Letter: Half-mile rule protects public safety


The half-mile rule designating where liquor stores can and can not open is not in place to only protect the merchants and their businesses. It it is necessary for public safety.

Eliminating it, which is what the Michigan Liquor Control Commission (MLCC) wants to do, would be irresponsible and could potentially put added unnecessary burdens on police.

The rule, which has been around for more than 40 years, prohibits off-premise retailers selling liquor from obtaining a license to do so unless they are located at least a half-mile from a similarly permitted retailer.

Even though, there are set number of liquor licenses allowed in the state of Michigan, licenses can be moved around from city to city, and potentially cities like Detroit and other larger cities in Wayne County and around the state like Westland and Livonia could end up with a liquor store on every corner of the busiest intersection.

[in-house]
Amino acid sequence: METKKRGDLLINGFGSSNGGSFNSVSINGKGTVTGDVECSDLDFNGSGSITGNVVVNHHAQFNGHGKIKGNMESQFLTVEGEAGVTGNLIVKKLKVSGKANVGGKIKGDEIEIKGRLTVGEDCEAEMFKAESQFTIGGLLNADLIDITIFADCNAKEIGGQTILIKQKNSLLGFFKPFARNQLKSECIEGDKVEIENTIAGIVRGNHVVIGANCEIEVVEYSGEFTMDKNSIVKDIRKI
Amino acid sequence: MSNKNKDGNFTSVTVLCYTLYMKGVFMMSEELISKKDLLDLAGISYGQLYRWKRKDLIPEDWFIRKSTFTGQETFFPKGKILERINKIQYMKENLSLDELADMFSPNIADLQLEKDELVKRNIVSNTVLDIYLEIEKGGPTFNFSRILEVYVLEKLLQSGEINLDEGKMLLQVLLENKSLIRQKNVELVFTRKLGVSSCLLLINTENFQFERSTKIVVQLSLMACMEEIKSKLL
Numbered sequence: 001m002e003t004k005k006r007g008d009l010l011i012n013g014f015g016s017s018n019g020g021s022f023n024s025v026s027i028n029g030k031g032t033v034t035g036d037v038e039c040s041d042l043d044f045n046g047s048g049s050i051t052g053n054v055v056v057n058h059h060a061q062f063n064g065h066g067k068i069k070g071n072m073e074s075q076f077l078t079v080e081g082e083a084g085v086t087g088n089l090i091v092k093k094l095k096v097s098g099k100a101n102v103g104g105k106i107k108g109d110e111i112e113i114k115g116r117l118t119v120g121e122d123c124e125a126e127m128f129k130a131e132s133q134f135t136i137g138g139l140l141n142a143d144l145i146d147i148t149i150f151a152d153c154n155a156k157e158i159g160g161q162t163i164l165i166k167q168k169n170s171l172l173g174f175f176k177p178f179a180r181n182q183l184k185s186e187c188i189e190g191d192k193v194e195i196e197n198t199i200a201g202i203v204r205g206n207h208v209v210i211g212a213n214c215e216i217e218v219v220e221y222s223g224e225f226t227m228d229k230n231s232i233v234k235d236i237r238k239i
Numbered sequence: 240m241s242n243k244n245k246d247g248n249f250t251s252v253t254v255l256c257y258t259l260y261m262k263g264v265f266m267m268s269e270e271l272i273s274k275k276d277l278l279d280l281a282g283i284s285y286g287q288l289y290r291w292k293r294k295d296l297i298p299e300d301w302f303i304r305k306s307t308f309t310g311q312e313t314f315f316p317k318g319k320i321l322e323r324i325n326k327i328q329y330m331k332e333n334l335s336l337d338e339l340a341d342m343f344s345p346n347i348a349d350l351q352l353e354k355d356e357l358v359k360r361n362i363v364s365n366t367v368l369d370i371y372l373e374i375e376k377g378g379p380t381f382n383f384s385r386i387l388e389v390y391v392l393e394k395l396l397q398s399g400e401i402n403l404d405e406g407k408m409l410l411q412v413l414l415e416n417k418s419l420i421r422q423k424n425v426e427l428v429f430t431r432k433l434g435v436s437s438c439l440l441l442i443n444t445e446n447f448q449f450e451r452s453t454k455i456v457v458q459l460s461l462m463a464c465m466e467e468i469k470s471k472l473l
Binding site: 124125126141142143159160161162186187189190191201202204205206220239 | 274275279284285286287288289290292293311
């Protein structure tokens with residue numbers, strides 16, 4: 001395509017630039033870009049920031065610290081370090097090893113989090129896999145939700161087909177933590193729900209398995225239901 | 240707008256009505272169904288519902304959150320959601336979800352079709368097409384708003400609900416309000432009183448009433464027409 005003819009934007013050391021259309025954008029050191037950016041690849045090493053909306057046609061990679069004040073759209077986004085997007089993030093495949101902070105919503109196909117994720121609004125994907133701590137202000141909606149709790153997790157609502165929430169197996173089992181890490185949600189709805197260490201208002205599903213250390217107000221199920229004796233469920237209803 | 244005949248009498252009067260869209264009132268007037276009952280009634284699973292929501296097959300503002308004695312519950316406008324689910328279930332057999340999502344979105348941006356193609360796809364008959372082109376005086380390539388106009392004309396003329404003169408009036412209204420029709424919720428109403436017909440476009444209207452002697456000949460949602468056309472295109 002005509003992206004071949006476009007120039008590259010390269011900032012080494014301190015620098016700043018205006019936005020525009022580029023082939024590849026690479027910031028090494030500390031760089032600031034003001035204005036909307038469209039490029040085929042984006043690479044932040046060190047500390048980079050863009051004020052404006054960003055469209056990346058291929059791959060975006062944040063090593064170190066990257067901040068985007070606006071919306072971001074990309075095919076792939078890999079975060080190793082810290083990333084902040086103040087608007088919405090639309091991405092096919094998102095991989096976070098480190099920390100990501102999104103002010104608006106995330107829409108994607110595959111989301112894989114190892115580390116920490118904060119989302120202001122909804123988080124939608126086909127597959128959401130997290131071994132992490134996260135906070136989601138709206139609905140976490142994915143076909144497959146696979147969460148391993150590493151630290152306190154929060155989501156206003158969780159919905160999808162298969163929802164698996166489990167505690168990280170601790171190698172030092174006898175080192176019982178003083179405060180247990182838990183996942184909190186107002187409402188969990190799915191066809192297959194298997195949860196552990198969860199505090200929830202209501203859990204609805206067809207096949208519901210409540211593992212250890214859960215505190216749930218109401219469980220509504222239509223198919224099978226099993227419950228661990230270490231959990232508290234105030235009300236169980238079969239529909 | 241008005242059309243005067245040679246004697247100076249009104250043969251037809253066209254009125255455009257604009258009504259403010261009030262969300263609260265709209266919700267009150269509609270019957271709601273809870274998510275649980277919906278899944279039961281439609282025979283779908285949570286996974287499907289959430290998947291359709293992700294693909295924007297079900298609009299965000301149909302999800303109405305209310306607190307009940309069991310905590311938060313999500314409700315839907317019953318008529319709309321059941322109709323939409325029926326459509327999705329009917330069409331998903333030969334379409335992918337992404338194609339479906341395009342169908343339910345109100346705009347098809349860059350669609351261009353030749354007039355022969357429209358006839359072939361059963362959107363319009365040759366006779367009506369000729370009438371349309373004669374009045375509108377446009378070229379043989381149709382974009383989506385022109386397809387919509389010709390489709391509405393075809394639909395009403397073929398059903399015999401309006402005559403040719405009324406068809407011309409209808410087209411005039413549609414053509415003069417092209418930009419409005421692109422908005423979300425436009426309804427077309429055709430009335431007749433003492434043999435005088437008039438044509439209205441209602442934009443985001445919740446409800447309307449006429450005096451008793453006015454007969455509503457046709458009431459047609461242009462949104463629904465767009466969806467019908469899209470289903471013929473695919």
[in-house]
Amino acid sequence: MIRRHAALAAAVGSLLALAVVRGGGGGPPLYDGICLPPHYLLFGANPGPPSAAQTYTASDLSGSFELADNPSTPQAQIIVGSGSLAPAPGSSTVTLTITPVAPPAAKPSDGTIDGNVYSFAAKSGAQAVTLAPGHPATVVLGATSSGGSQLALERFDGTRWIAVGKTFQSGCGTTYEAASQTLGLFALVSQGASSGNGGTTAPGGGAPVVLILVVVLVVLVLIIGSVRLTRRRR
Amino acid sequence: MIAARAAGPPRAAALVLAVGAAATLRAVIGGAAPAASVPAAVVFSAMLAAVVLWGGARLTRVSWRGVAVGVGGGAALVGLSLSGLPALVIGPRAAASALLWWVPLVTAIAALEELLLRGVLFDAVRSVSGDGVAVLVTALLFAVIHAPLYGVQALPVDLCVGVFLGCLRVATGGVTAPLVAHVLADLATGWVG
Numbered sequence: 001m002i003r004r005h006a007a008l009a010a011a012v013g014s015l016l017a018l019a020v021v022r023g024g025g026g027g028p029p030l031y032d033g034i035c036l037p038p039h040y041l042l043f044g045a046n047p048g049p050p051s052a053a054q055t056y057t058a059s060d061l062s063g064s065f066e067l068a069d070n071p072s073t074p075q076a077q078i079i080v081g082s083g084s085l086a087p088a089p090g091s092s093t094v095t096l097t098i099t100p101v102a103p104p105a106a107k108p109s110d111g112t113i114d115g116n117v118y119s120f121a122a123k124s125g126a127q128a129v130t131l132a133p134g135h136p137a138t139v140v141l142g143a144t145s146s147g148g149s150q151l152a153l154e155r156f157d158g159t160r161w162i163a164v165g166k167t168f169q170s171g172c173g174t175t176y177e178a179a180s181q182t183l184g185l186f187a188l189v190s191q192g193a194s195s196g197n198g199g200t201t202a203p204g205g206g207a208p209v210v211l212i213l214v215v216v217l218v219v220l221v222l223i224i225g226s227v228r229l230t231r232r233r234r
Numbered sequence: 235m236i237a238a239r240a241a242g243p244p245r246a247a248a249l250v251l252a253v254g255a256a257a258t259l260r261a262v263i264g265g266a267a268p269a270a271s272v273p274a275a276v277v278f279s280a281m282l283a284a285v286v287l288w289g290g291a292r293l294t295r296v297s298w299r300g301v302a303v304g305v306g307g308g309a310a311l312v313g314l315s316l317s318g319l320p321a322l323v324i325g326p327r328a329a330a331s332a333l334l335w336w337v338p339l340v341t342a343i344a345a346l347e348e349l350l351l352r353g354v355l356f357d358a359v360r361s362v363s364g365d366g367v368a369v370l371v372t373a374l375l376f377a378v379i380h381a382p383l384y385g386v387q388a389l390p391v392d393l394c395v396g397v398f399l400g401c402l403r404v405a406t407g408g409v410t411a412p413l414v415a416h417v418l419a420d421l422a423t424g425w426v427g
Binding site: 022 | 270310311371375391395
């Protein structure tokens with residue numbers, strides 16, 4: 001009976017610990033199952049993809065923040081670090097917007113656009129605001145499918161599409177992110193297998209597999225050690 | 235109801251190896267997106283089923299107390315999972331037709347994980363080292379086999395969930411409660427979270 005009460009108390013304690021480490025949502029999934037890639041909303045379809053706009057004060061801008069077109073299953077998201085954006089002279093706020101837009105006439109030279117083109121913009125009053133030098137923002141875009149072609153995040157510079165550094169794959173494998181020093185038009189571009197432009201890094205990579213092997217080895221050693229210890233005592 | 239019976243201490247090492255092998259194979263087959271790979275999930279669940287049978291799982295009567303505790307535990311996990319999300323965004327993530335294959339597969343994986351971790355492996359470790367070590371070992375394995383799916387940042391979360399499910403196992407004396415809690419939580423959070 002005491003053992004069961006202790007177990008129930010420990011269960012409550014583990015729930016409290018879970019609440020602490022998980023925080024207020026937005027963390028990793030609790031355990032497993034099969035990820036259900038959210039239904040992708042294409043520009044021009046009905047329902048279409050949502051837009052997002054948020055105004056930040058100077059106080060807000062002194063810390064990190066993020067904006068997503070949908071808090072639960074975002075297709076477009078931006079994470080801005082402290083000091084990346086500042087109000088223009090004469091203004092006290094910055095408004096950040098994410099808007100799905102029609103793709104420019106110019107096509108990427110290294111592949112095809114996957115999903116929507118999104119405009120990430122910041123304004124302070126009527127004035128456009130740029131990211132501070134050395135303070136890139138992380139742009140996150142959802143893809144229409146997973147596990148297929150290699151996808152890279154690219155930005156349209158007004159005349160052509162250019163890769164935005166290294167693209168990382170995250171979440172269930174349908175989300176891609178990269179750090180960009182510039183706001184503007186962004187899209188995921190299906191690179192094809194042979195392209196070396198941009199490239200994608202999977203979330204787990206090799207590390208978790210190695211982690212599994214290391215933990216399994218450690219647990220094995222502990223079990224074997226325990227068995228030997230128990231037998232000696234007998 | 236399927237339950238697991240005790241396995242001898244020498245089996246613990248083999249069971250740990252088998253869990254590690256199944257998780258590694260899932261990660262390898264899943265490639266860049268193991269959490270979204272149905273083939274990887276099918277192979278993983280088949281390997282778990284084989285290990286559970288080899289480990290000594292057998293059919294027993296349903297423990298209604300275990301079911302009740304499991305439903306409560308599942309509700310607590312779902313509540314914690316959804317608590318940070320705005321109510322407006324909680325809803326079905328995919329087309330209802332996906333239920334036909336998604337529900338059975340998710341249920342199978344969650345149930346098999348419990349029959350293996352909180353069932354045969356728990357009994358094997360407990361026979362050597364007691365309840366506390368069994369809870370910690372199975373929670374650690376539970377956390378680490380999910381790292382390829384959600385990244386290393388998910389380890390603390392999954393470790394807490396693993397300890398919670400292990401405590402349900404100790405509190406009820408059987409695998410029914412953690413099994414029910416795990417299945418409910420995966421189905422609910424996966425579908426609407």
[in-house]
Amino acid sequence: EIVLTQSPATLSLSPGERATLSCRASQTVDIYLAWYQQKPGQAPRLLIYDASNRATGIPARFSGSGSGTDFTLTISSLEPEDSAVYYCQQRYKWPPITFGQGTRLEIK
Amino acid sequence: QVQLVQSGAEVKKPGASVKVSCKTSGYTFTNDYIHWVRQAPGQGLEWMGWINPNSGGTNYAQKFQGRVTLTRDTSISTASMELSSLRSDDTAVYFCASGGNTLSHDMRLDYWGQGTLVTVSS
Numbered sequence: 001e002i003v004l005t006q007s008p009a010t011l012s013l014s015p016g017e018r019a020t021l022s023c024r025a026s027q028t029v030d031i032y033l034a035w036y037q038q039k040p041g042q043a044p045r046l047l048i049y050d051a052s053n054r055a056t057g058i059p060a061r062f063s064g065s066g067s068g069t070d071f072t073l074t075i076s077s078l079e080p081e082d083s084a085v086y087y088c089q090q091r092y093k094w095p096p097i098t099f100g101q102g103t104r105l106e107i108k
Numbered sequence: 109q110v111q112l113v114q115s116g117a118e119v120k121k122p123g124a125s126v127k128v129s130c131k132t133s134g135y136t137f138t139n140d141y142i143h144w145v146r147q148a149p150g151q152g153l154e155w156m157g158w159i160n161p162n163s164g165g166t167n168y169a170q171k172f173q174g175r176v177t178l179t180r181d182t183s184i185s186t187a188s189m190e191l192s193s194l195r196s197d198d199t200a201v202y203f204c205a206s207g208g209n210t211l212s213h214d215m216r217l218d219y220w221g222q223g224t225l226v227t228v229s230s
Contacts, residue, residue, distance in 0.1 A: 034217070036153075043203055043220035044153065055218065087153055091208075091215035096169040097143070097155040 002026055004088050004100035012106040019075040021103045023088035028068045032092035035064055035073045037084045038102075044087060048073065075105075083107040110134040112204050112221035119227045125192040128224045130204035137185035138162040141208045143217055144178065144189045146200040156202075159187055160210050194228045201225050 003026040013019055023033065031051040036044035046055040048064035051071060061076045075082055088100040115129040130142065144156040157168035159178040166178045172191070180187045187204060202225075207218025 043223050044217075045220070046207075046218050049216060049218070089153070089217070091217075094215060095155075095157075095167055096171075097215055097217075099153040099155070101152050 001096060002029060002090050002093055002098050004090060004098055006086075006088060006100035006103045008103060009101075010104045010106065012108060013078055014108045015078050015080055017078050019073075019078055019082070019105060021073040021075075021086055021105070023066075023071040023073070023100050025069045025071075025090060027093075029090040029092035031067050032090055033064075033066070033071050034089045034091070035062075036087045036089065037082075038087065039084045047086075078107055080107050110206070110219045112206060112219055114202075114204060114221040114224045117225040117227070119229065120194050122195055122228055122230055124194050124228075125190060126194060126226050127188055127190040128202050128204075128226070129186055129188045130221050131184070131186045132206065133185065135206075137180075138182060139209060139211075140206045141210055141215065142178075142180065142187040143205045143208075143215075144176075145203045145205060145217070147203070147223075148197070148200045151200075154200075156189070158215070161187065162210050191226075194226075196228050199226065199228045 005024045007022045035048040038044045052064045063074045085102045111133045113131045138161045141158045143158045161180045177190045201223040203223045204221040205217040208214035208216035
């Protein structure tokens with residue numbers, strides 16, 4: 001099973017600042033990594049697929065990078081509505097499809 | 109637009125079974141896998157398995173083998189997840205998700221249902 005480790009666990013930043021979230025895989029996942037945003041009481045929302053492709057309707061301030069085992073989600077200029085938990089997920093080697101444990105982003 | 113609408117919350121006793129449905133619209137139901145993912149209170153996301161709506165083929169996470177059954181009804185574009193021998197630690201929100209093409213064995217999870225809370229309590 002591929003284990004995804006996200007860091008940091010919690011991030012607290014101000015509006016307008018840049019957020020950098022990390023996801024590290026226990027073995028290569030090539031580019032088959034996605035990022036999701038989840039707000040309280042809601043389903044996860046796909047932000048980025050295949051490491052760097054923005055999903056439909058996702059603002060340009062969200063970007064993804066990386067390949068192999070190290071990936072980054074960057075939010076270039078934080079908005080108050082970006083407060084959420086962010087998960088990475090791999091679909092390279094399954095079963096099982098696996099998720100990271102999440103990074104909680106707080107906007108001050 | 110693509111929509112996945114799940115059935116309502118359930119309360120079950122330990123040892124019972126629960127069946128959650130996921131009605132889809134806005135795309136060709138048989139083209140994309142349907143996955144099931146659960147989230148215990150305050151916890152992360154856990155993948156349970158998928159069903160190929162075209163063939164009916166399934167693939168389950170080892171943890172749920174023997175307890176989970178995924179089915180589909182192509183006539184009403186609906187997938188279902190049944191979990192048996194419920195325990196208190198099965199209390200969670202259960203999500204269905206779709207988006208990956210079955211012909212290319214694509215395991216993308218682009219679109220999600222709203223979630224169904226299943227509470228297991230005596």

This is not only a potential traffic nightmare for law enforcement, it could put many drivers at risk and create accident prone intersections.

Auday Arabo, president and CEO of the Associated Food and Petroleum Dealers, appropriately noted that “There is no real public policy reason for this change.”

Enough alcohol is sold in Michigan to supply every state resident, regardless of age, with eight alcoholic drinks a week, according to data from the Michigan Liquor Control Commission.

Alcohol is a $6 billion industry in the state, and those sales keep going up, according to the MLCC’s most recent reports. Why do we need more liquor sales? Why create congested intersections and corners of liquor stores in cities?

We as law enforcement professionals and those in public policy must protect rules that are in place to protect the public. This half-mile rule makes sense. It has been effective for more than 40 years. The MLCC has not given any valid reason to change it. Yet, there are many reasons to keep it intact.

Benny N. Napoleon

Wayne County sheriff